So I wouldn’t say that info being missing makes it not fit for purpose. Most backends are not trying to dump the entire graph, no pun intended.

Certainly would be a bonus to have that information in the JSON though.

@jayfoad, thanks for drawing my attention to this!

I don’t have a strong opinion on whether it’s more maintainable to put this mode into Tablegen proper, or to keep it at arm’s length as a consumer of the JSON. I can see pros and cons either way, assuming this is intended to end up in-tree one way or the other.

(If it’s not, then the JSON approach has all the advantages, because it saves some poor person from having to maintain a downstream patch on the Tablegen C++ code forever.)

But I’d have no objection to putting a few more pieces of information into the JSON output, if they’re useful to somebody. Source locations in particular seem as if they’d be useful to other users too, because one of the uses of -dump-json is that it lets you write your own completely new Tablegen backends without having to compile them into the Tablegen binary itself (e.g. if you’re trying to do something that can never be upstreamed, or a “build one to throw away” level of rapid prototype). And Tablegen backends certainly have a legit need to report semantic errors in the input, and reporting them with a source location is more useful to the end user.

(The other use of -dump-json is for people doing auxiliary analysis on data that is also being consumed by one of the existing built-in backends, such as extracting a target’s list of instructions, or the list of clang options, and one or two specific facts about each one. For that use, error reporting isn’t so critical, because the existing backend that consumes the same data has surely checked its semantic consistency already. That’s why source locations aren’t already in the JSON output.)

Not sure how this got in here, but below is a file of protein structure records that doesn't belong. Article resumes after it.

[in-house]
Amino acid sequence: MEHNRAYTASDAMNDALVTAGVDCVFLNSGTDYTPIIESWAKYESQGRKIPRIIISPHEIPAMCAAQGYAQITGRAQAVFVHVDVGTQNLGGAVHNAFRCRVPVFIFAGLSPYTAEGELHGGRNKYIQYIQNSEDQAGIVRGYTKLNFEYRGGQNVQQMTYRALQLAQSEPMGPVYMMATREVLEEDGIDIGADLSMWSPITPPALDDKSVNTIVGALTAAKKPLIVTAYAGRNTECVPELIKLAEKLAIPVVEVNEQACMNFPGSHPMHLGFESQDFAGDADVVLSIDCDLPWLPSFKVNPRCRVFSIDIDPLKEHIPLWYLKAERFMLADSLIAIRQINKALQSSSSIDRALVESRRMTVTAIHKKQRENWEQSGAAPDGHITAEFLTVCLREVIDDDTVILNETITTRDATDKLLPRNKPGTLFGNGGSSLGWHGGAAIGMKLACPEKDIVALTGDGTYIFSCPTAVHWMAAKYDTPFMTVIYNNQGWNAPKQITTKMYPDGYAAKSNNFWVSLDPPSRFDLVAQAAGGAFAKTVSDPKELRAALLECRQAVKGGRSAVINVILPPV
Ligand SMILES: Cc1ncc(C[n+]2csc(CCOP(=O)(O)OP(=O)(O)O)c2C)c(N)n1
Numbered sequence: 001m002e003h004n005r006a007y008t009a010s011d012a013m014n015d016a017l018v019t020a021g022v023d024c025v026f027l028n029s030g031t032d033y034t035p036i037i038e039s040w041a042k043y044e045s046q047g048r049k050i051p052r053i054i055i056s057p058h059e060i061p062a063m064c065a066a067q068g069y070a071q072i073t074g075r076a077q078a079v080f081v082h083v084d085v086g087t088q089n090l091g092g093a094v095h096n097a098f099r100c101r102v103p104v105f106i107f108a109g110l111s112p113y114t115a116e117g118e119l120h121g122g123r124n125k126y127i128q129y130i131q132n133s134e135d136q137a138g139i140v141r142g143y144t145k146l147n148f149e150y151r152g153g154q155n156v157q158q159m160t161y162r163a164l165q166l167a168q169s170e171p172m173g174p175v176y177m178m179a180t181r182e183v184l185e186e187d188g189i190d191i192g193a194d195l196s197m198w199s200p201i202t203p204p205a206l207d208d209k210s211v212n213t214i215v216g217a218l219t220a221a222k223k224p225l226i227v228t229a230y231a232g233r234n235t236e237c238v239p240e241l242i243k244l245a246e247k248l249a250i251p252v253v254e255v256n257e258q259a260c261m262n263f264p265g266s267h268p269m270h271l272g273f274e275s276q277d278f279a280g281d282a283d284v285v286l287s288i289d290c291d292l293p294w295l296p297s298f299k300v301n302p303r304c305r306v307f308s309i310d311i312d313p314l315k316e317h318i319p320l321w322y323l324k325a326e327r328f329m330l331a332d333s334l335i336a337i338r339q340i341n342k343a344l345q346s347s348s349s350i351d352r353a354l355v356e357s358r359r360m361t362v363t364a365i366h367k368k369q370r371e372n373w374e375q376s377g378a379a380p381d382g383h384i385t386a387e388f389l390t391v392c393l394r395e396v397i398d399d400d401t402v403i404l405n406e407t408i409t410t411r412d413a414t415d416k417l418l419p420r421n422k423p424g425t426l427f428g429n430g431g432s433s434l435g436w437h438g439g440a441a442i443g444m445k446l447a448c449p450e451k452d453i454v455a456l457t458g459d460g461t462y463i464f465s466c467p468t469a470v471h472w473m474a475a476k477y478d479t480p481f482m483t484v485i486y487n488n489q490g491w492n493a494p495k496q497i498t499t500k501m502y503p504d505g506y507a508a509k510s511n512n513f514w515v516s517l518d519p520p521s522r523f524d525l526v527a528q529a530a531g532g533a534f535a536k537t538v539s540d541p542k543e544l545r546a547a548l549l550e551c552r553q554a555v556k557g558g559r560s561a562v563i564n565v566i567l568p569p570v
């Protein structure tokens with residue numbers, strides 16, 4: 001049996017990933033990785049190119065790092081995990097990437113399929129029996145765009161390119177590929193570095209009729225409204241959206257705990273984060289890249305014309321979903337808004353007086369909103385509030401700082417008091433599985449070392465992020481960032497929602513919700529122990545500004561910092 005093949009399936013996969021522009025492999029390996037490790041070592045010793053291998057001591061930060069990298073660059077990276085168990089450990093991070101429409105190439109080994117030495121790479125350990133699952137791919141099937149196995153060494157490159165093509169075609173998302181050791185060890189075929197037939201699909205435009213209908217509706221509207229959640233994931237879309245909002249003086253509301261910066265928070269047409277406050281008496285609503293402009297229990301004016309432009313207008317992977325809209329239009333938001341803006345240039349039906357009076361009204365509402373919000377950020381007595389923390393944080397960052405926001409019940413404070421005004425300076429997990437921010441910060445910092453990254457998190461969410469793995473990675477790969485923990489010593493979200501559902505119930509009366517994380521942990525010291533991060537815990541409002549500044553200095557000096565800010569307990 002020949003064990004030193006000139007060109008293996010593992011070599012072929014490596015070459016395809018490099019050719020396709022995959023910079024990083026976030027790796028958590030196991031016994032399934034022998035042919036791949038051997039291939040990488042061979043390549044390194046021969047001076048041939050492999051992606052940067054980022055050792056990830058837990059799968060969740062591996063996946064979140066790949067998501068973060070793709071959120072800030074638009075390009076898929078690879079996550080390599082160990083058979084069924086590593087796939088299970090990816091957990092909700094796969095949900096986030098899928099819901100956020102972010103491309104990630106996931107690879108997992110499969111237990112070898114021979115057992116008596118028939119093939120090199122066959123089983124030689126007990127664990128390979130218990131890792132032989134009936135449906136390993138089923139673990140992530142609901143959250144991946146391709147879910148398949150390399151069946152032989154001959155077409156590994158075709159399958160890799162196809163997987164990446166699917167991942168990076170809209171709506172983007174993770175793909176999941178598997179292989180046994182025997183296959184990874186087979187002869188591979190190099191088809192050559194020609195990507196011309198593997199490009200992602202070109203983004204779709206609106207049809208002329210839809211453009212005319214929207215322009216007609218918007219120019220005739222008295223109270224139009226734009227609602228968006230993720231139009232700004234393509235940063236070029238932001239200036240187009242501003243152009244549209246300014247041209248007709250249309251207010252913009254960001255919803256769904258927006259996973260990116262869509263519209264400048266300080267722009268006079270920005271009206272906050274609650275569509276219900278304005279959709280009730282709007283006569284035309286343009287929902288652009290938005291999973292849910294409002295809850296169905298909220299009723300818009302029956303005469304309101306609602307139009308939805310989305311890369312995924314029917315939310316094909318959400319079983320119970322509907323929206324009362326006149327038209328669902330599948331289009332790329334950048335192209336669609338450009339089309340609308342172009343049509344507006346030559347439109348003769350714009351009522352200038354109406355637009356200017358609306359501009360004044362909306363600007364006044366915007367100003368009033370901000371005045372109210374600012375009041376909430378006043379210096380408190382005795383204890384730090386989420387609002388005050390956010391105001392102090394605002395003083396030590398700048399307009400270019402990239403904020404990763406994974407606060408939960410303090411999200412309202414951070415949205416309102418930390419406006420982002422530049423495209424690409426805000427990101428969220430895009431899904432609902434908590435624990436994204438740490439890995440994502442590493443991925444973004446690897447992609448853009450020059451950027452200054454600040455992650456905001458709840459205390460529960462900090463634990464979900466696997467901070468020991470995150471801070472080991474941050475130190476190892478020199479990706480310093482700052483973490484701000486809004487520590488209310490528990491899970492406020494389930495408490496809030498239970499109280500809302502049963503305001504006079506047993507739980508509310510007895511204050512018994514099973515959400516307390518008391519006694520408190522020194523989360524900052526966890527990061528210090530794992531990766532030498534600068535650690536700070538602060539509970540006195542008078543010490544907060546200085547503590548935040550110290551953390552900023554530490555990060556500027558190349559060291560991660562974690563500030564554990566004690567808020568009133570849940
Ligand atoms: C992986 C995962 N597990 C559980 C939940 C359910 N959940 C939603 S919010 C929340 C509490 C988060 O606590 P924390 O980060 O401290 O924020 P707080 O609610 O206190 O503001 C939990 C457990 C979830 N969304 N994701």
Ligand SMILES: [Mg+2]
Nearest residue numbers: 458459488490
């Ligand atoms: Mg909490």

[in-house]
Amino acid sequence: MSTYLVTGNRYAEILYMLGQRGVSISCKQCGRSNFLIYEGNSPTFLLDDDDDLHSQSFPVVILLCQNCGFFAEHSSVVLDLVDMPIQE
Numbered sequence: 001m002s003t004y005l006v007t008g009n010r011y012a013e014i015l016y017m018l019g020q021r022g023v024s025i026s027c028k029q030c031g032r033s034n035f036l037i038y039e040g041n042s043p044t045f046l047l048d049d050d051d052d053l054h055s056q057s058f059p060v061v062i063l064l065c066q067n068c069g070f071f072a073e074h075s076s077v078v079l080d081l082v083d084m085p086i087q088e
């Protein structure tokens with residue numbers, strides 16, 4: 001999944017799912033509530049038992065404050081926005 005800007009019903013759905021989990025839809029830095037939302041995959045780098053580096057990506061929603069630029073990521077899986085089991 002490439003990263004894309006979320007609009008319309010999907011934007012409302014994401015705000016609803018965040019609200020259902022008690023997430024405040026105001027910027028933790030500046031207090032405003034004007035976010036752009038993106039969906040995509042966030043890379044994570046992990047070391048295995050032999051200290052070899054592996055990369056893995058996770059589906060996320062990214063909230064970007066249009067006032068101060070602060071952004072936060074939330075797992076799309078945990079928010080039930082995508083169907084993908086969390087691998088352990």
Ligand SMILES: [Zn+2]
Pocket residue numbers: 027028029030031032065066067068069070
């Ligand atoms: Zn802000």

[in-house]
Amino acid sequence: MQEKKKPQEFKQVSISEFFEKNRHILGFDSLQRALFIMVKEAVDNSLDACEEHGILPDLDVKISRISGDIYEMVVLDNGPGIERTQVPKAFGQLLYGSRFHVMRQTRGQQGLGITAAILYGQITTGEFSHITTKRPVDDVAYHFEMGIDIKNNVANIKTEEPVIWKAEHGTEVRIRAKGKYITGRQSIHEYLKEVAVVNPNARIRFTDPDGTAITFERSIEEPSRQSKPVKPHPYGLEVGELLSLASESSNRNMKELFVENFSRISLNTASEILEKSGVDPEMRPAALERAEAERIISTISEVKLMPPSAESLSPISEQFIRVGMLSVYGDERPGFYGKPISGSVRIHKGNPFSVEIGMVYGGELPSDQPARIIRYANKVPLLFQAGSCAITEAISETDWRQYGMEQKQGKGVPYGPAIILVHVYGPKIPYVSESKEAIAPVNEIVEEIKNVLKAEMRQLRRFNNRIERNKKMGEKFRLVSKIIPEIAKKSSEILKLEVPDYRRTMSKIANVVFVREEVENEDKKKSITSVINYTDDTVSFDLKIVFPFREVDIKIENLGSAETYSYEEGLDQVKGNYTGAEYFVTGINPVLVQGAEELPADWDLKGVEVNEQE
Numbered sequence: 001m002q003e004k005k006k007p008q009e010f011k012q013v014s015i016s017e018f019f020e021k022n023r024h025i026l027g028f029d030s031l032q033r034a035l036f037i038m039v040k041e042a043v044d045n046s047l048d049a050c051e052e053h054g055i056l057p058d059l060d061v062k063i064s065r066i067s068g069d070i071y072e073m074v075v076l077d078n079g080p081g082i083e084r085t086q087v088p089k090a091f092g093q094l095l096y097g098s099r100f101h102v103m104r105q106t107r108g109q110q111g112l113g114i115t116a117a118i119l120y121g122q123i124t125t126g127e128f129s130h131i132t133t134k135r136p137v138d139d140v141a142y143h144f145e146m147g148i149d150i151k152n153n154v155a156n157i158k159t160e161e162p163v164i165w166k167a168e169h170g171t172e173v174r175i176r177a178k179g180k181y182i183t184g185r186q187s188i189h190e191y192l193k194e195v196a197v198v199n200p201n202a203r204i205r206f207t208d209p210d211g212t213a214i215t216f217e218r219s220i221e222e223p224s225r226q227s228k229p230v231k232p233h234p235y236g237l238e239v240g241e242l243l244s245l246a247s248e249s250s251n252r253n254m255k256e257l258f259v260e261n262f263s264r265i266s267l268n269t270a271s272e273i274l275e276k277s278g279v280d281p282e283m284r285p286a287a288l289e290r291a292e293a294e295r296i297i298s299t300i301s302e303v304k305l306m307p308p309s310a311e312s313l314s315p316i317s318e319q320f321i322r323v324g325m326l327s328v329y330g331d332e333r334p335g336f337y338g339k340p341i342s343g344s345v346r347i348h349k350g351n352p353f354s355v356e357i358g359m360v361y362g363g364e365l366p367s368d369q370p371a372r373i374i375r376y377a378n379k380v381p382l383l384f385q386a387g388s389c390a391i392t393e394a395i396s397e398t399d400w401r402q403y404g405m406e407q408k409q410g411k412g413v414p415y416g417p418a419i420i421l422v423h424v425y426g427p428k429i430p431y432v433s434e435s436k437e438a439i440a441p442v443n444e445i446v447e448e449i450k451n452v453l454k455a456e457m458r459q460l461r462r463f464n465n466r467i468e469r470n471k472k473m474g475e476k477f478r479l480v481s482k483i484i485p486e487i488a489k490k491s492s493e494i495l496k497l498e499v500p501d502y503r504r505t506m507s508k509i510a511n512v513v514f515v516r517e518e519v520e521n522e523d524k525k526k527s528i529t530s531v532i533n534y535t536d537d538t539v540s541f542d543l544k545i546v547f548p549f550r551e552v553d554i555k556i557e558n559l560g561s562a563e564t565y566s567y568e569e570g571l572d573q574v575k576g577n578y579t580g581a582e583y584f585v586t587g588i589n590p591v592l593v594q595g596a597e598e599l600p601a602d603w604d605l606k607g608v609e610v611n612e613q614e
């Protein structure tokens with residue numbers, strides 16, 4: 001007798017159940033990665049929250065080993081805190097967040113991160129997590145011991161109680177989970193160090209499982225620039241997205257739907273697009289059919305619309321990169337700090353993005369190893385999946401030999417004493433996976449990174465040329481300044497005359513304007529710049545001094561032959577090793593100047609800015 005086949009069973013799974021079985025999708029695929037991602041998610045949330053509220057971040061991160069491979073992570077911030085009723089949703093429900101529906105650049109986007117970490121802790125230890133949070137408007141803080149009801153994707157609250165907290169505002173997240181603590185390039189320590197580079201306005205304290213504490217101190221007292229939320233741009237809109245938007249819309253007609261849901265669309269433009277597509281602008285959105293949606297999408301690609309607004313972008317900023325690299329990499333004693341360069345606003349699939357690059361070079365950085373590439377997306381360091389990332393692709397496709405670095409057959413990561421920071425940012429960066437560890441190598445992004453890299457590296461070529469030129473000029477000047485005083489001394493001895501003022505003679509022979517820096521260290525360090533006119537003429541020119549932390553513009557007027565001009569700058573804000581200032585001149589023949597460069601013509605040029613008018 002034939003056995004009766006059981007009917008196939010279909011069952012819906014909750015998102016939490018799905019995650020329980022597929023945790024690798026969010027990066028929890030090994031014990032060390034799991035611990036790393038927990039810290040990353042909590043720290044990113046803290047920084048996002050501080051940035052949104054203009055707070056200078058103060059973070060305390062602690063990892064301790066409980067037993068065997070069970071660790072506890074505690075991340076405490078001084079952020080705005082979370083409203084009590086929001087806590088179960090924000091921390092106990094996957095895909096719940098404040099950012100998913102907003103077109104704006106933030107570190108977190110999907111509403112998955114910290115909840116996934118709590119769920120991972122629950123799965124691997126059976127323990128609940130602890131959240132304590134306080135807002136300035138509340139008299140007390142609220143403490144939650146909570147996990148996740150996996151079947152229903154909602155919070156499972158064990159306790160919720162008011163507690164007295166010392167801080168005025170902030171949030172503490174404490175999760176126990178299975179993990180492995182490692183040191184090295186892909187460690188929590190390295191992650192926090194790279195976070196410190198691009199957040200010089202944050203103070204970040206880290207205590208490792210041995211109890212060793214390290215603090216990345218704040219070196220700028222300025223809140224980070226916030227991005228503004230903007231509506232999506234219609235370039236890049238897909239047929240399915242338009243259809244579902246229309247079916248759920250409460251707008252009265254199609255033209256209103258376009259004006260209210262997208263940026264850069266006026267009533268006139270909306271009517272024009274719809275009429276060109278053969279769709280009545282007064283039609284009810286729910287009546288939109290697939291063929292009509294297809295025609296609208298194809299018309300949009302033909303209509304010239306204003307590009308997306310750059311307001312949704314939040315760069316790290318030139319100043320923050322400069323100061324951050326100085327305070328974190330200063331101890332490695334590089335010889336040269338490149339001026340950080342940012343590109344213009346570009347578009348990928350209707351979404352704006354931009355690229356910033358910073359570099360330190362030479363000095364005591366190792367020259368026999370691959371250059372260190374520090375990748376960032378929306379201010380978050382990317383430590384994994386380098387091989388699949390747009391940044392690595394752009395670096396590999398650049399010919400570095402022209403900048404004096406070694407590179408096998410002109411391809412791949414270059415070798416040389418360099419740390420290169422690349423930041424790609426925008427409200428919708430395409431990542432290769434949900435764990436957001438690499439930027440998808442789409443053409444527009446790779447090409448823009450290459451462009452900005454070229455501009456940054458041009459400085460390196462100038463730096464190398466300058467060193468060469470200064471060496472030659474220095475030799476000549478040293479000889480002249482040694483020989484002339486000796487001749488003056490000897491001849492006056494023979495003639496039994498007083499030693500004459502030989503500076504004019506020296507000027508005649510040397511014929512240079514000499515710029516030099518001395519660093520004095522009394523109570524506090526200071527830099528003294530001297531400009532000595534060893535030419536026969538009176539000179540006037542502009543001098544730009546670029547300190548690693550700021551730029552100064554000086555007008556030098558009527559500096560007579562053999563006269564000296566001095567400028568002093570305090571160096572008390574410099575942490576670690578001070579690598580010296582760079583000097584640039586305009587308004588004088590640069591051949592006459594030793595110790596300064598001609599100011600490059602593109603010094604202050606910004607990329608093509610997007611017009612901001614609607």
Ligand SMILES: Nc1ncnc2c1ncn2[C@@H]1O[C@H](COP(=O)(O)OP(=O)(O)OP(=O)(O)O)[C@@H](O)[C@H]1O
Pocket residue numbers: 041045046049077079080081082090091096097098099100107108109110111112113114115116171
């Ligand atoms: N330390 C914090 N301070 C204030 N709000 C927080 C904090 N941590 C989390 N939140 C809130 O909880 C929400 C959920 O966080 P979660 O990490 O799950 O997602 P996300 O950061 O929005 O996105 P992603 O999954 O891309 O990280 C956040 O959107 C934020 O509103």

One of the early drafts of -dump-json actually generated a lot more information than the final version does: it had basically anything you could find in -print-records, including all the partially specified parametric expressions in the class definitions. My reasoning was that that way I was sure that anything you were previously doing by fragile text-matching on the output of -print-records would be possible to do more reliably by consuming the JSON.

But code review suggested cutting down the data to something much less ambitious, partly because the full version would have been huge. So if we’re going to add more things to the JSON, we should keep it to only the things someone actually has a use for.

(Also, I’m not sure even the original draft of -dump-json would have included the information about immediate class ancestry, because I don’t think -print-records shows it either.)

Thanks for looking into it @statham-arm and apologies for the late reply!

I would prefer this to end up in the tree as it might also be usable for others.

From the feedback received on this thread, I think -dump-json is the preferred way. Although that would mean adding a few more details to -dump-json. For now, I believe I would need to add:

  • Template args
  • Direct superclasses
  • File-name of the class/record definition

Do you think that’s something that can go inside -dump-json? I can open a proper review then?

Yes, please do!

I suppose that this would constitute a new version of the JSON format, and therefore you’d also want to increment the value of the !tablegen_json_version entry in the output dictionary.